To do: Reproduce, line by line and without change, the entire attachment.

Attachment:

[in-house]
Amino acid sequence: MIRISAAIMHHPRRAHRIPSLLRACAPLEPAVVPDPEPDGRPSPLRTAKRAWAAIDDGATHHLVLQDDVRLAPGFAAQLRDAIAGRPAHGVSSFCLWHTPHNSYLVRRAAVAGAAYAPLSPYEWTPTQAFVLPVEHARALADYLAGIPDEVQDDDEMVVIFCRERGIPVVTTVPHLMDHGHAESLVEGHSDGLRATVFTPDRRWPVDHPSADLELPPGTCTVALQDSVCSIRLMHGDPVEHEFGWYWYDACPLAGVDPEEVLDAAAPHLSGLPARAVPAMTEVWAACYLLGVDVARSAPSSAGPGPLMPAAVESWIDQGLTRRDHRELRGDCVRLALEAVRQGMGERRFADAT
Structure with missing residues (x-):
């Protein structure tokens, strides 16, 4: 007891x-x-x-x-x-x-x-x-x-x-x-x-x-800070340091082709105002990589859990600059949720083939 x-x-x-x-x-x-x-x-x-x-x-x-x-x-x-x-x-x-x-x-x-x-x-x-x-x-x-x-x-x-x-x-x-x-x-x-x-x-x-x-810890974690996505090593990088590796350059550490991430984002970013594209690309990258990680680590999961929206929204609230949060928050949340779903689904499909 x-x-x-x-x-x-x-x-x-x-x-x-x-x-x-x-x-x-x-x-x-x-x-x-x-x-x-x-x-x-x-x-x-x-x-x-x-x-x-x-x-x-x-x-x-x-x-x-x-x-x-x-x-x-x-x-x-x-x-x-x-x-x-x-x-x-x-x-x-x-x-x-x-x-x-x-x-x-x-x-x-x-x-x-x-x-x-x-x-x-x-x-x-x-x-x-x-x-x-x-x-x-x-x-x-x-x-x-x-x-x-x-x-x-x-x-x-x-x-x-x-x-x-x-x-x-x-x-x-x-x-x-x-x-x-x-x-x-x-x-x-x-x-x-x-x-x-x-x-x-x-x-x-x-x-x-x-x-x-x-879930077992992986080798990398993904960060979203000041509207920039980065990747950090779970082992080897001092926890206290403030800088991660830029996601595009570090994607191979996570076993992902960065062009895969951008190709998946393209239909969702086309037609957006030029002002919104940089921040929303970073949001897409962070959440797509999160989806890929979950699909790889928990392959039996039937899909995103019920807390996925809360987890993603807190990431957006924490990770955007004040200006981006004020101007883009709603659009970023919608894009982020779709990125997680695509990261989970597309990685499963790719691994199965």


[in-house]
Amino acid sequence: MIRISAAIMHHPRRAHRIPSLLRACAPLEPAVVPDPEPDGRPSPLRTAKRAWAAIDDGATHHLVLQDDVRLAPGFAAQLRDAIAGRPAHGVSSFCLWHTPHNSYLVRRAAVAGAAYAPLSPYEWTPTQAFVLPVEHARALADYLAGIPDEVQDDDEMVVIFCRERGIPVVTTVPHLMDHGHAESLVEGHSDGLRATVFTPDRRWPVDHPSADLELPPGTCTVALQDSVCSIRLMHGDPVEHEFGWYWYDACPLAGVDPEEVLDAAAPHLSGLPARAVPAMTEVWAACYLLGVDVARSAPSSAGPGPLMPAAVESWIDQGLTRRDHRELRGDCVRLALEAVRQGMGERRFADAT
Structure with missing residues (x-):
């Protein structure tokens, strides 16, 4: 007891x-x-x-x-x-x-x-x-x-x-x-x-x-800070340091082709105002990589859990600059949720083939 x-x-x-x-x-x-x-x-x-x-x-x-x-x-x-x-x-x-x-x-x-x-x-x-x-x-x-x-x-x-x-x-x-x-x-x-x-x-x-x-810890974690996505090593990088590796350059550490991430984002970013594209690309990258990680680590999961929206929204609230949060928050949340779903689904499909 x-x-x-x-x-x-x-x-x-x-x-x-x-x-x-x-x-x-x-x-x-x-x-x-x-x-x-x-x-x-x-x-x-x-x-x-x-x-x-x-x-x-x-x-x-x-x-x-x-x-x-x-x-x-x-x-x-x-x-x-x-x-x-x-x-x-x-x-x-x-x-x-x-x-x-x-x-x-x-x-x-x-x-x-x-x-x-x-x-x-x-x-x-x-x-x-x-x-x-x-x-x-x-x-x-x-x-x-x-x-x-x-x-x-x-x-x-x-x-x-x-x-x-x-x-x-x-x-x-x-x-x-x-x-x-x-x-x-x-x-x-x-x-x-x-x-x-x-x-x-x-x-x-x-x-x-x-x-x-x-879930077992992986080798990398993904960060979203000041509207920039980065990747950090779970082992080897001092926890206290403030800088991660830029996601595009570090994607191979996570076993992902960065062009895969951008190709998946393209239909969702086309037609957006030029002002919104940089921040929303970073949001897409962070959440797509999160989806890929979950699909790889928990392959039996039937899909995103019920807390996925809360987890993603807190990431957006924490990770955007004040200006981006004020101007883009709603659009970023919608894009982020779709990125997680695509990261989970597309990685499963790719691994199965």